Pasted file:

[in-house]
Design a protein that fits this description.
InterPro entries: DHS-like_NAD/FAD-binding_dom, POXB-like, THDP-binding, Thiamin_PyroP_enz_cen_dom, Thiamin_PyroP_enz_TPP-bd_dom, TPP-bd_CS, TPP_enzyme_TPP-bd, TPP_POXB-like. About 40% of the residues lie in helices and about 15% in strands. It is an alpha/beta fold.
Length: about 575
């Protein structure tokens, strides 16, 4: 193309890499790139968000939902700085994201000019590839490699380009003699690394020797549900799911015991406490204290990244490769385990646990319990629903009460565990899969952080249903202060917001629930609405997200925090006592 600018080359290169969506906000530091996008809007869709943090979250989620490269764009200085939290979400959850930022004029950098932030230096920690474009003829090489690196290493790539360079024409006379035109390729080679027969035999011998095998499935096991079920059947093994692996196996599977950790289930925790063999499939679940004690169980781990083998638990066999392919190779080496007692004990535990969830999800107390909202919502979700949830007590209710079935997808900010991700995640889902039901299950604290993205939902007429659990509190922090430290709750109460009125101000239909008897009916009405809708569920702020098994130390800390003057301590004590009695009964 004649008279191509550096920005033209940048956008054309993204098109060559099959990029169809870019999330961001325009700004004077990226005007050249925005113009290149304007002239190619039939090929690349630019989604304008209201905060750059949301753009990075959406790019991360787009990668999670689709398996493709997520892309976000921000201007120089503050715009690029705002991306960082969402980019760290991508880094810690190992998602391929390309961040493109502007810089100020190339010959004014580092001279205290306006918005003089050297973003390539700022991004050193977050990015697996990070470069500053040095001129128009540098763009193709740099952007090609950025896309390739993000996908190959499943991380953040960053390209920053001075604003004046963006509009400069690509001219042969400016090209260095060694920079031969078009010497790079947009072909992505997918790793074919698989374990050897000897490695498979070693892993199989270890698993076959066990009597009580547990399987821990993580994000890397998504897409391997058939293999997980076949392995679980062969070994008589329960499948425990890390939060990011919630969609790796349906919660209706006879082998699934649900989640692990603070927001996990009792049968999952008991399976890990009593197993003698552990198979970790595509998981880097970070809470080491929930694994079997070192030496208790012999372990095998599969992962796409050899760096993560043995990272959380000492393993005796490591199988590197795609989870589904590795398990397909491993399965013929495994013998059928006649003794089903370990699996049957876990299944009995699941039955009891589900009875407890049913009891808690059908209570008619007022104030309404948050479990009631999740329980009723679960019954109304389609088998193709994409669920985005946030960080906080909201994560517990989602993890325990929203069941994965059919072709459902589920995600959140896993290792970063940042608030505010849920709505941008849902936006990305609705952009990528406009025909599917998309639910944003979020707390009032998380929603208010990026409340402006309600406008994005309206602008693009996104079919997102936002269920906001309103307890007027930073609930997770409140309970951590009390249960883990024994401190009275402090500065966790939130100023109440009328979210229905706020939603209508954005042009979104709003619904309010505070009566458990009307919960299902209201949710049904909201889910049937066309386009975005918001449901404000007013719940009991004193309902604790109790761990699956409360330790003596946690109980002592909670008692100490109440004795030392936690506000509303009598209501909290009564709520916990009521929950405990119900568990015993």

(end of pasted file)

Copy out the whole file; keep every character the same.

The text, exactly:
[in-house]
Design a protein that fits this description.
InterPro entries: DHS-like_NAD/FAD-binding_dom, POXB-like, THDP-binding, Thiamin_PyroP_enz_cen_dom, Thiamin_PyroP_enz_TPP-bd_dom, TPP-bd_CS, TPP_enzyme_TPP-bd, TPP_POXB-like. About 40% of the residues lie in helices and about 15% in strands. It is an alpha/beta fold.
Length: about 575
């Protein structure tokens, strides 16, 4: 193309890499790139968000939902700085994201000019590839490699380009003699690394020797549900799911015991406490204290990244490769385990646990319990629903009460565990899969952080249903202060917001629930609405997200925090006592 600018080359290169969506906000530091996008809007869709943090979250989620490269764009200085939290979400959850930022004029950098932030230096920690474009003829090489690196290493790539360079024409006379035109390729080679027969035999011998095998499935096991079920059947093994692996196996599977950790289930925790063999499939679940004690169980781990083998638990066999392919190779080496007692004990535990969830999800107390909202919502979700949830007590209710079935997808900010991700995640889902039901299950604290993205939902007429659990509190922090430290709750109460009125101000239909008897009916009405809708569920702020098994130390800390003057301590004590009695009964 004649008279191509550096920005033209940048956008054309993204098109060559099959990029169809870019999330961001325009700004004077990226005007050249925005113009290149304007002239190619039939090929690349630019989604304008209201905060750059949301753009990075959406790019991360787009990668999670689709398996493709997520892309976000921000201007120089503050715009690029705002991306960082969402980019760290991508880094810690190992998602391929390309961040493109502007810089100020190339010959004014580092001279205290306006918005003089050297973003390539700022991004050193977050990015697996990070470069500053040095001129128009540098763009193709740099952007090609950025896309390739993000996908190959499943991380953040960053390209920053001075604003004046963006509009400069690509001219042969400016090209260095060694920079031969078009010497790079947009072909992505997918790793074919698989374990050897000897490695498979070693892993199989270890698993076959066990009597009580547990399987821990993580994000890397998504897409391997058939293999997980076949392995679980062969070994008589329960499948425990890390939060990011919630969609790796349906919660209706006879082998699934649900989640692990603070927001996990009792049968999952008991399976890990009593197993003698552990198979970790595509998981880097970070809470080491929930694994079997070192030496208790012999372990095998599969992962796409050899760096993560043995990272959380000492393993005796490591199988590197795609989870589904590795398990397909491993399965013929495994013998059928006649003794089903370990699996049957876990299944009995699941039955009891589900009875407890049913009891808690059908209570008619007022104030309404948050479990009631999740329980009723679960019954109304389609088998193709994409669920985005946030960080906080909201994560517990989602993890325990929203069941994965059919072709459902589920995600959140896993290792970063940042608030505010849920709505941008849902936006990305609705952009990528406009025909599917998309639910944003979020707390009032998380929603208010990026409340402006309600406008994005309206602008693009996104079919997102936002269920906001309103307890007027930073609930997770409140309970951590009390249960883990024994401190009275402090500065966790939130100023109440009328979210229905706020939603209508954005042009979104709003619904309010505070009566458990009307919960299902209201949710049904909201889910049937066309386009975005918001449901404000007013719940009991004193309902604790109790761990699956409360330790003596946690109980002592909670008692100490109440004795030392936690506000509303009598209501909290009564709520916990009521929950405990119900568990015993």